Developer under fire for leaving housing estate in ‘dangerous condition’

Aileen Hahesy

Aileen Hahesy

A construction company that has secured a €2.2m contract to rejuvenate a Carrick-on-Suir local authority housing estate has come under fire from two local councillors for leaving a private housing estate in the town unfinished and in a dangerous condition.

Fine Gael Cllr Margaret Croke and Fianna Fail Cllr Kieran Bourke have levelled the criticism at Atlantic Developments, the Galway based company Carrick-on-Suir Town Council has secured to carry out the revamp of local authority houses in the Ballylynch housing estate on the Pill Road.

At the other side of the town, residents of 13 occuppied houses in the Gleann an Locha estate on Sir John’s Road, built by Atlantic Developments, live without public lighting and a road that requires a final top layer of tarmac.

At the back of their properties there is a large derelict building site blighted by illegal dumping and featuring a row of 15 completed but vacant houses and the abandoned foundations of other houses.

The vacant houses on the site that is unsecured and easily accessed, have been extensively vandalised with many of their internal fittings robbed. There are open manholes, which residents fear a child will fall into and be seriously injured or killed.

Cllr Kieran Bourke said it “left a sour taste in his mouth” as a councillor that a construction company with a major contract with Carrick-on-Suir Town Council has left a housing estate in such an unfinished and dangerous state in the town.

He said it was not good enough for a company with such a valuable local authority contract to leave an estate in such a condition, particularly given what happened two weeks ago where a two year-old child died in a pool of water on a unfinished housing estate near Athlone.

Cllr Croke expressed surprise that Atlantic Developments was awarded the contract for the Ballylynch rejuvenation scheme given the state it has left Gleann an Locha in.

At Carrick-on-Suir Town Council’s latest meeting, she said the the residents of Gleann an Locha were suffering “a living nightmare” and in a motion she tabled to the meeting, she called on the Town Council to take in charge the part of the estate that was occupied.

She outlined there was an urgent need for street lighting to be connected in front of houses No. 1 to 16 in the estate and for a final layer of tarmac to be applied to finish the roadway outside the homes.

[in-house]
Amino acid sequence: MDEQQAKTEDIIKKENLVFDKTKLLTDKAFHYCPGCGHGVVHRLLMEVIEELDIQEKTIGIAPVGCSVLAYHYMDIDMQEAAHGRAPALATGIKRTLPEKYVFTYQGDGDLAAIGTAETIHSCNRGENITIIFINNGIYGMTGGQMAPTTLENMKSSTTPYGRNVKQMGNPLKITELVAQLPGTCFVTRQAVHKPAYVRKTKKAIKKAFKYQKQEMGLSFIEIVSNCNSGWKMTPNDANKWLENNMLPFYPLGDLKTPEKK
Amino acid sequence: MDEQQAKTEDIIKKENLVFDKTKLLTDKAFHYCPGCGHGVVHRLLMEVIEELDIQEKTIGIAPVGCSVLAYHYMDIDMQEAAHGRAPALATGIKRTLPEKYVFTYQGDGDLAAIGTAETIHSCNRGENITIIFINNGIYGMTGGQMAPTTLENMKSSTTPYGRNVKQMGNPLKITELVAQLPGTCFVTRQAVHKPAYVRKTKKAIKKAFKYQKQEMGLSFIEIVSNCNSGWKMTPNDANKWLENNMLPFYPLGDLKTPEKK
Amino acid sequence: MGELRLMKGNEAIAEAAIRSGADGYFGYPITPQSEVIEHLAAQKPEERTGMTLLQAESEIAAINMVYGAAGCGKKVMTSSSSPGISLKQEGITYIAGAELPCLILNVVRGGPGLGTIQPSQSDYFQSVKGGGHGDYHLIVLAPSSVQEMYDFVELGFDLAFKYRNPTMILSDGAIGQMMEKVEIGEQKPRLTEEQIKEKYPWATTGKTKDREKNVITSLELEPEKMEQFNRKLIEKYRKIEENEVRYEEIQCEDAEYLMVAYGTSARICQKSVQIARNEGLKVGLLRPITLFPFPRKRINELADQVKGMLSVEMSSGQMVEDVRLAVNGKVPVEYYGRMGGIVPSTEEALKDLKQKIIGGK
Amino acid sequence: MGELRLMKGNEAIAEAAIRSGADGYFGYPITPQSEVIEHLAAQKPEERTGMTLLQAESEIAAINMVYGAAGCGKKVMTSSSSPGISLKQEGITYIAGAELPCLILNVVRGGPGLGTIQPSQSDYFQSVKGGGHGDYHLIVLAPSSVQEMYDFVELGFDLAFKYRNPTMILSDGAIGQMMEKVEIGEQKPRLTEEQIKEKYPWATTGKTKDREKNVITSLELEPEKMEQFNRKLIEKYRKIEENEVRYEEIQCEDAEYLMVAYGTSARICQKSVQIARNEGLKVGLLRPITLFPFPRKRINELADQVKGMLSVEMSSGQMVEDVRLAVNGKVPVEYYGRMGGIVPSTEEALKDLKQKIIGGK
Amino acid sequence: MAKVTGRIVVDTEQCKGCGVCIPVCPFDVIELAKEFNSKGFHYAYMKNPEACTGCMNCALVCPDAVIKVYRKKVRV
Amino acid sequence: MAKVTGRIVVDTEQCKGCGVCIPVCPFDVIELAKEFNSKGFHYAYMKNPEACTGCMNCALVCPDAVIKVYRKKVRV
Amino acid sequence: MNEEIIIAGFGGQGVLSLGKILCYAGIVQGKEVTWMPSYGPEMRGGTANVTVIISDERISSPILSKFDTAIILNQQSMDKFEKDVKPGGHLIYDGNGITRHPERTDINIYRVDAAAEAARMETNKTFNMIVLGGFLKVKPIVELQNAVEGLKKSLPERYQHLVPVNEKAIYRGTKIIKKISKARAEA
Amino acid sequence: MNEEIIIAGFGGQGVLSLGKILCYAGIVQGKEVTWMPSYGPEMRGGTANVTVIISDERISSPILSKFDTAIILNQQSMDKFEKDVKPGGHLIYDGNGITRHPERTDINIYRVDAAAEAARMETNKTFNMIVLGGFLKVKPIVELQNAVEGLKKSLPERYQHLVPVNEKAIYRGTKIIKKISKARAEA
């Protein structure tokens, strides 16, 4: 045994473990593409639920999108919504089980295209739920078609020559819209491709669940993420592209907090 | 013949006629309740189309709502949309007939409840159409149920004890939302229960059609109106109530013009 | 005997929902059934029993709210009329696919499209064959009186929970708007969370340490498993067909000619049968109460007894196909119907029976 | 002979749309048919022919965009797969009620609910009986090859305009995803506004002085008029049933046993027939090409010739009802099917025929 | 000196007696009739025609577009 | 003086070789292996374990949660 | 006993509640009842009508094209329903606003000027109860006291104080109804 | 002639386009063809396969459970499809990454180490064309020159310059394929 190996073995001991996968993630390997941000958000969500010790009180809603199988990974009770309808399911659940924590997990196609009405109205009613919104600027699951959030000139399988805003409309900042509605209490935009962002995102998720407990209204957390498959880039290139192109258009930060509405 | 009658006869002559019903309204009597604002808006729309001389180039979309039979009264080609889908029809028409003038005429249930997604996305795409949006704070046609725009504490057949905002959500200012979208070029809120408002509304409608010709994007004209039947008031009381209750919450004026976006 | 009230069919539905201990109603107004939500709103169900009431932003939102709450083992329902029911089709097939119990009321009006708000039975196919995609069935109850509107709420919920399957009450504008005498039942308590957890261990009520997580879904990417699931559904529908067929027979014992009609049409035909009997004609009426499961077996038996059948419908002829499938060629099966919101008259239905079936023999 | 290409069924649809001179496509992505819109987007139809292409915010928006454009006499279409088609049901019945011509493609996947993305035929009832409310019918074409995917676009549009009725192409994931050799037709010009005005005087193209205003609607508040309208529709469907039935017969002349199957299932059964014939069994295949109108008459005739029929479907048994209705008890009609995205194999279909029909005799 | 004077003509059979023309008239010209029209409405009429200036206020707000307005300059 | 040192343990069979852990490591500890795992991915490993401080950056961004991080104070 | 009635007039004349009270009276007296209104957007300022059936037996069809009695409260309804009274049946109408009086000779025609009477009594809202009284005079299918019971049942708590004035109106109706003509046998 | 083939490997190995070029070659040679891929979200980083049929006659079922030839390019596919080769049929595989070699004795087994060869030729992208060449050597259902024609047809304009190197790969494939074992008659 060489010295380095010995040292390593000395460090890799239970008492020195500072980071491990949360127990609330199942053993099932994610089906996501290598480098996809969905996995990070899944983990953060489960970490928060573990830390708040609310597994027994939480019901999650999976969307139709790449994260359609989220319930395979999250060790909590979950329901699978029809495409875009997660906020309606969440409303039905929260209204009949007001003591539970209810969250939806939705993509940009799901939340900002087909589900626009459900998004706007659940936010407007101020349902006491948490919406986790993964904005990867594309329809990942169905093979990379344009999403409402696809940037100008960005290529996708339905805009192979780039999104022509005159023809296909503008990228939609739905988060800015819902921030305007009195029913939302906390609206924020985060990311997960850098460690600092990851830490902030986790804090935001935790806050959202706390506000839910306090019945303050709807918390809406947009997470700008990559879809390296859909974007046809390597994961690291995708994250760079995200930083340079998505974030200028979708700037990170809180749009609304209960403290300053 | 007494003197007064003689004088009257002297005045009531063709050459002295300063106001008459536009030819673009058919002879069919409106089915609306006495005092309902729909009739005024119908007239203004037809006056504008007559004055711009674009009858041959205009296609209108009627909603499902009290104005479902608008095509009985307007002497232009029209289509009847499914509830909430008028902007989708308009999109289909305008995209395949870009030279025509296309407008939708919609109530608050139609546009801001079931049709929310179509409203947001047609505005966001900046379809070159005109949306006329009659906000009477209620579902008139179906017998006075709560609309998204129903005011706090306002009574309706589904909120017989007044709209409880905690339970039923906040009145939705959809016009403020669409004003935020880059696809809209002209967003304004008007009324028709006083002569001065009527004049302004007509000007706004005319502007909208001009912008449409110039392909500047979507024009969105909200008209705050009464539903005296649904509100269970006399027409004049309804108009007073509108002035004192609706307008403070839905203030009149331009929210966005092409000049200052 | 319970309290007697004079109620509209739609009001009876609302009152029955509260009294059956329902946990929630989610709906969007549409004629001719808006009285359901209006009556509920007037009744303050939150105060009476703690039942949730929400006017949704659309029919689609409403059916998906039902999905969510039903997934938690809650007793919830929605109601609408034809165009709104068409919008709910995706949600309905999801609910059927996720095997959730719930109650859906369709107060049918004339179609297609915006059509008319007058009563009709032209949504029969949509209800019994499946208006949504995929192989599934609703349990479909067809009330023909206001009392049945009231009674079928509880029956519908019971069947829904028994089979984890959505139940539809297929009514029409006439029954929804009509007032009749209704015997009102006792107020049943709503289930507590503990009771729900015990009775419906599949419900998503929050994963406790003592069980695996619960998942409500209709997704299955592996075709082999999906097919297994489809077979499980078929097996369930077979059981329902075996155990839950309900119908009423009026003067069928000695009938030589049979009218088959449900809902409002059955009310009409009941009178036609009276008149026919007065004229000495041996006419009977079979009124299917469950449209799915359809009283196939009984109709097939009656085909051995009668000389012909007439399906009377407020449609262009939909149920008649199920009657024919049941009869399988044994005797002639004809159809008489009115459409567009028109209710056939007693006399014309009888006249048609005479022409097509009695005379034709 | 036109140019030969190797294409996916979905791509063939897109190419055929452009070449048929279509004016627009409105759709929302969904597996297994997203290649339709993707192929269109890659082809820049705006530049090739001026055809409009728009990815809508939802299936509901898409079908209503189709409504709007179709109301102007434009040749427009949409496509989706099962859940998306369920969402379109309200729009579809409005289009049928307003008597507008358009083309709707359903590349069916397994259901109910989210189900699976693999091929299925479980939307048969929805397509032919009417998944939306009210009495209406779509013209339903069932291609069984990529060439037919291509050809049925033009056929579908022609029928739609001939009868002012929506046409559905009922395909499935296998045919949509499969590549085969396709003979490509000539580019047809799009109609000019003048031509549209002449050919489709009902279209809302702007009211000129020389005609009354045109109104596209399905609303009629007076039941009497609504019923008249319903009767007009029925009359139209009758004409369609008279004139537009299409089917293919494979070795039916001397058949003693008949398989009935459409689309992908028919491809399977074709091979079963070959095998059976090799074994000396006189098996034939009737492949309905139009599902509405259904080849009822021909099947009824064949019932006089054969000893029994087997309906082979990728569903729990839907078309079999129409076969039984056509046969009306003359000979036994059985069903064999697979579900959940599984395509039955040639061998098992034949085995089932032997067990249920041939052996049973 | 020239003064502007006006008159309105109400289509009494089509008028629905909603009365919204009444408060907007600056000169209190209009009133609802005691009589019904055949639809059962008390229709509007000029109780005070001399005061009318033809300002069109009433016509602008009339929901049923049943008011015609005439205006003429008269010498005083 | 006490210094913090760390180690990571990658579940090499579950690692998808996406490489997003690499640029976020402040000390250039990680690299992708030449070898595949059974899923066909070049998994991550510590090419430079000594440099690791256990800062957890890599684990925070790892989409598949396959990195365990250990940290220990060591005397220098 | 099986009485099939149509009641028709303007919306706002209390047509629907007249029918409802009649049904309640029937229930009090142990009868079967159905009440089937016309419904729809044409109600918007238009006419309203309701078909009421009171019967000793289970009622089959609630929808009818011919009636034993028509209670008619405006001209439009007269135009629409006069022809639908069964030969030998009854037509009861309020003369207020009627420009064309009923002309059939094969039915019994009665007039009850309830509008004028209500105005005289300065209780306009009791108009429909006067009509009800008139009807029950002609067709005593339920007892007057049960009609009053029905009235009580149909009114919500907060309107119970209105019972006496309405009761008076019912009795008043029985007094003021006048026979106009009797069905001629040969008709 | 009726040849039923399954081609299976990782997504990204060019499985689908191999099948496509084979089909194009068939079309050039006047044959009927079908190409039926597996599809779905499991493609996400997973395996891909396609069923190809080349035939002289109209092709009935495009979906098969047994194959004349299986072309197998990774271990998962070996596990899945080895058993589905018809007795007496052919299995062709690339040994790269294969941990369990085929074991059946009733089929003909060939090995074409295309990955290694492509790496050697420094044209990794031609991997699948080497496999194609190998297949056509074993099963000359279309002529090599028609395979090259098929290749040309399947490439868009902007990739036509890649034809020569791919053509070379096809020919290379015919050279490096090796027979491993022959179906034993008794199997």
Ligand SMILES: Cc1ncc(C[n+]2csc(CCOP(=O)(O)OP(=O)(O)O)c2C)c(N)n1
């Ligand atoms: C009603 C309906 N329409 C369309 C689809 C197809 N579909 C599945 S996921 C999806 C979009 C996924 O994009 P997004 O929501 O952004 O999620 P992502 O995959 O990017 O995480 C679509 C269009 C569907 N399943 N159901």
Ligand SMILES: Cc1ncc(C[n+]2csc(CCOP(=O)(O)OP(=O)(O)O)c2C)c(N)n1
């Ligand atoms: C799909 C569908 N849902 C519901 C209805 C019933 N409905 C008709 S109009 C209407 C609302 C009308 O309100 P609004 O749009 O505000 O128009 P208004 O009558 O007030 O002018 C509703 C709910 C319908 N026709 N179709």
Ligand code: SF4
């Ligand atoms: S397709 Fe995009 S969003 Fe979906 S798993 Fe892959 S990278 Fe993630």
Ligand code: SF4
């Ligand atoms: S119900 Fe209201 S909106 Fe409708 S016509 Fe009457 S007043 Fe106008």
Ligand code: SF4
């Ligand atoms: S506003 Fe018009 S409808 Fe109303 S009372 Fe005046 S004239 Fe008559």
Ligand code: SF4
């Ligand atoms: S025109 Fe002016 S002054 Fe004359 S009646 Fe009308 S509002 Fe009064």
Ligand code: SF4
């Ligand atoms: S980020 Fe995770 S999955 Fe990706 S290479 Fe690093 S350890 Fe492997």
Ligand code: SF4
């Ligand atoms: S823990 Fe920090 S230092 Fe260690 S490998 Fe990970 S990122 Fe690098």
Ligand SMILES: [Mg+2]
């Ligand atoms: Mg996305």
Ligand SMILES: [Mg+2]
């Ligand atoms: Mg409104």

Cllr Croke also called for the developer to be required to adequately secure the derelict site and buildings at the rear of the estate. The site was a health hazard that was being vandalised and there was quite a lot of household rubbish dumped there, she said.

Cllr Croke urged the Council to draw down the bond paid by the developer to the local authority to resolve all these problems if the company didn’t carry out the outstanding works.

“These are people who have mortgages and have saved to buy their homes and are left there. We must have some form of a bond that can be drawn down to even finish the front of the estate for those people. They are beautiful houses but unfortunately they are on a derelict site.”

Cllr Bourke, who seconded the motion, said he totally agreed with Cllr Croke’s comments.

“The developer is now employed by Carrick-on-Suir Town Council. I know he is under a contract but some pressure should be able to be applied to this developer,” he said.

Town Clerk Michael O’Brien’s reply to Cllr Croke’s motion was that the Council was in discussions with Atlantic Developments with a view to having the issues resolved.

When Cllr. Croke said she wasn’t happy with the Town Clerk’s response and Cllr Kieran Bourke criticised it as a “vague” “fob me off” response, Mr O’Brien said the issue was too sensitive to go in to at a public meeting.

He said he would discuss the issue with councillors at the meeting if they wished to go into committee (ie in private without the Press present) or speak privately with him after the meeting.

He pointed out that the Council had achieved significant progress with the developer and was confident the matter would be resolved over the coming months.

Mr O’Brien explained that the Council believed it was more prudent, efficient and quicker to work with the developer to resolve the problems at Gleann an Locha rather than going down the route of issuing enforcement proceedings due to the length of time and cost of mounting such legal action.

However, he said that if the developer failed to take action, the Council would go down the enforcement route without fear or favour.

Cllr Croke requested that the Council keep Gleann an Locha’s residents committee adequately informed of any progress made and that it clean up the illegally dumped rubbish as soon as possible.

Mr O’Brien said he had met with members of this committee and responded to any request from residents to meet with them. He added that the Council would follow up on the dumping problem separately.

Responding to The Nationalist in relation to the councillors criticism of the Town Council awarding the Ballylynch Rejuvenation Scheme contract to Atlantic Developments, Mr O’Brien said the Town Council was obliged to comply with very strict procurement legislation when awarding contracts and they were satisfied that they adhered fully with all the relevant procedures.

The Nationalist made several attempts over the past week to contact Atlantic Developments but the company didn’t respond to our calls.